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# Little question

A mass m drops of from a height h (vertically). Calculate the speed at the bottom (1) and the kinetic energy (also at the bottom). (2)

Now this question is haunting me... Because normally I get exercises that are around one or two pages to solve and now I got this one, which I solved in two lines, so I'm really doubting my answer. I solved it as such:

Potential energy (Gravitational energy) = m*g*h = 10*m*h Because the potential energy changes in Kinetic energy, we can substitute those two...
Kinetic energy = (m*v^2)*0.5 = 10*m*h (2)
v = V(20*h) (1)

Now I'm really asking myself if it's correct, so I'm hoping someone can bring some light to this (easy) question.

_AVG_
Yup, I would say that your answer is correct : v^2 = 2gh (in accordance with equating kinetic energy and potential energy as well as solving Newtonian equations for uniform acceleration)

But this is based on a few assumptions:
- h is so small that g remains constant
- air resistance is neglected (or h is so small that air resistance has a negligible effect)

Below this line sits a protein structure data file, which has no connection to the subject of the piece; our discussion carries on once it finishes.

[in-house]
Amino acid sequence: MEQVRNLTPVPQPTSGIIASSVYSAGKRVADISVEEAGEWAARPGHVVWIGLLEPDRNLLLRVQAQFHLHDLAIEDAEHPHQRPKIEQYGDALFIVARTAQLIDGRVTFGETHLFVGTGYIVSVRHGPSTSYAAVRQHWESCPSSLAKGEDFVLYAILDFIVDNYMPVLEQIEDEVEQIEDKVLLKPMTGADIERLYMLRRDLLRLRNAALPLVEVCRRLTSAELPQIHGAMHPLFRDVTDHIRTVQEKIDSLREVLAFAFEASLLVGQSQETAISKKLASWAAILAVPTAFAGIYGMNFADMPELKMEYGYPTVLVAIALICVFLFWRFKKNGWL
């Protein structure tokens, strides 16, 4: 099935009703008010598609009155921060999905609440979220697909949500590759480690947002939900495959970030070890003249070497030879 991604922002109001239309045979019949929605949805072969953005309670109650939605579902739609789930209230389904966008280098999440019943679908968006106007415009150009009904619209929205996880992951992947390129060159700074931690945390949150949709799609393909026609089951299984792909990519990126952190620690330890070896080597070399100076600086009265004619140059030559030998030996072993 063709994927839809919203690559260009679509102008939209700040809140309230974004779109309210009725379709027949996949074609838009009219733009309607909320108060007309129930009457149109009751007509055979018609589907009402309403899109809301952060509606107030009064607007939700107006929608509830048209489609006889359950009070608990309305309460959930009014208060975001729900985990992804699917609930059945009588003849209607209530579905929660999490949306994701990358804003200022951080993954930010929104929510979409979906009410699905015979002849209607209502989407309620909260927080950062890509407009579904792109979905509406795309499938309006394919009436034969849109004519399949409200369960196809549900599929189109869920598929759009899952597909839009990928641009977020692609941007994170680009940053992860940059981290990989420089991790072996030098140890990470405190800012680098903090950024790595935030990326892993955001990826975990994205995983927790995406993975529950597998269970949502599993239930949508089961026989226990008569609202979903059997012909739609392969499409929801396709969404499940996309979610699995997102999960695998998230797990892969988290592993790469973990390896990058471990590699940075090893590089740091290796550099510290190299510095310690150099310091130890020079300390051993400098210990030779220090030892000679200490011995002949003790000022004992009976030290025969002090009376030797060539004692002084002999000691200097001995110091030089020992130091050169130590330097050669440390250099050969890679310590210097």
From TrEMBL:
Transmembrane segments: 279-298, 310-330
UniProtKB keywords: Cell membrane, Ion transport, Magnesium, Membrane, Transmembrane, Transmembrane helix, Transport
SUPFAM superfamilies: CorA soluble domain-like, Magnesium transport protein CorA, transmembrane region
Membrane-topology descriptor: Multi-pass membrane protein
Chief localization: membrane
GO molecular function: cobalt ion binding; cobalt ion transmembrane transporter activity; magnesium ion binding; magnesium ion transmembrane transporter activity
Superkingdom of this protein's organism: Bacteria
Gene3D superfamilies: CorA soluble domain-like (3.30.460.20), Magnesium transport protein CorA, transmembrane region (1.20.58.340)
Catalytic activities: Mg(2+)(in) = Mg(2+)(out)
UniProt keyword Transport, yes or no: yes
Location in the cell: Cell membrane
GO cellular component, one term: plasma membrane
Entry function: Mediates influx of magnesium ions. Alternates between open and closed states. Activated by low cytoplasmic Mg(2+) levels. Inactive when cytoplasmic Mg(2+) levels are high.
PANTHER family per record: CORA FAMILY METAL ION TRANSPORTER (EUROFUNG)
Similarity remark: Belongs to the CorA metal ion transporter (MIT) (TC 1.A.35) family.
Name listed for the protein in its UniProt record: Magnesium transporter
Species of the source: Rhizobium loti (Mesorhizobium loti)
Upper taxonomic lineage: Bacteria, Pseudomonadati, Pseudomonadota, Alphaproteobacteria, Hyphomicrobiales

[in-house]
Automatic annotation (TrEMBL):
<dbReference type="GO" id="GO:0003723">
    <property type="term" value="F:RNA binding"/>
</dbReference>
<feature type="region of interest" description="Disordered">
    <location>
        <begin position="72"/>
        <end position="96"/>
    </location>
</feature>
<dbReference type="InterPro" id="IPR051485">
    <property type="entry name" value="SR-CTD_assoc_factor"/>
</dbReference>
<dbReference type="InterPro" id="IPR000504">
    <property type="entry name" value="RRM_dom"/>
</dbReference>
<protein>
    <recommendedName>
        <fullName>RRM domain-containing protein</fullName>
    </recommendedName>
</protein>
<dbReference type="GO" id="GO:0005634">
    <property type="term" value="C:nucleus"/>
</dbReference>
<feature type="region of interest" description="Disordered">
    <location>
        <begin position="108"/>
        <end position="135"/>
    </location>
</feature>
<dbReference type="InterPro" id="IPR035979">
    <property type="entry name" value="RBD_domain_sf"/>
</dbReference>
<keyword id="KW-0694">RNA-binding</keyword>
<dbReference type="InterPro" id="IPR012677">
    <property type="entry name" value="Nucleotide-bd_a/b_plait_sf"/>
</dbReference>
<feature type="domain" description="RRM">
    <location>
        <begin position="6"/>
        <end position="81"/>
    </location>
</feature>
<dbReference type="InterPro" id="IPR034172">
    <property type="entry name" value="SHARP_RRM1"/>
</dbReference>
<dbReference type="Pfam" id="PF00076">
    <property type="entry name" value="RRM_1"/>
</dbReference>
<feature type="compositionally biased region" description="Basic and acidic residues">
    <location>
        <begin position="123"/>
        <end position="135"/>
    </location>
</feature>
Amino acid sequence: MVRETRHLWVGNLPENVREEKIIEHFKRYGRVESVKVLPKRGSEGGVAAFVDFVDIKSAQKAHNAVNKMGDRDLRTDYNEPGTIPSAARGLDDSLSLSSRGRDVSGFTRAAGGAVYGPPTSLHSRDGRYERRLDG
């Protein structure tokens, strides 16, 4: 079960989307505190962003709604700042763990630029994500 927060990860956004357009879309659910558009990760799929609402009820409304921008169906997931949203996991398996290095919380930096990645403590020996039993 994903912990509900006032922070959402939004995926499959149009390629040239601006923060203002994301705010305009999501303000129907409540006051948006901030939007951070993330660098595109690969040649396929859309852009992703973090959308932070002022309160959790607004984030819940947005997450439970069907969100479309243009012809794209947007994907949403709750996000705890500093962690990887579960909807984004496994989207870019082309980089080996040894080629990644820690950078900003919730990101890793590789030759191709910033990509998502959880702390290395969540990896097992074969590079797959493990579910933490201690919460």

ofertas
particle acceleration
Bikerman
Looks good to me (with the provisos already given by _AVG_).

PS - I'm assuming, of course, that you have used V to mean the square root radix, and it would be better to express the answer in g rather than round it to 10 methinks
chatrack
Hi,

You are right

Potential energy at the height h = Kinetic energy at the last moment (instant) of its fall
Dennise
Yup!

Energy conservation is one of the coolest and fastest way to approach physics problems. It can save gobs of time in finding a problem's solution.
tazone
only true if you dont take the speed relativity in consideration (relative to light speed, would make a small number change in the equation)

also its only true if there is no friction, no heat loss or other forms of energy going into different states than the ones in your formula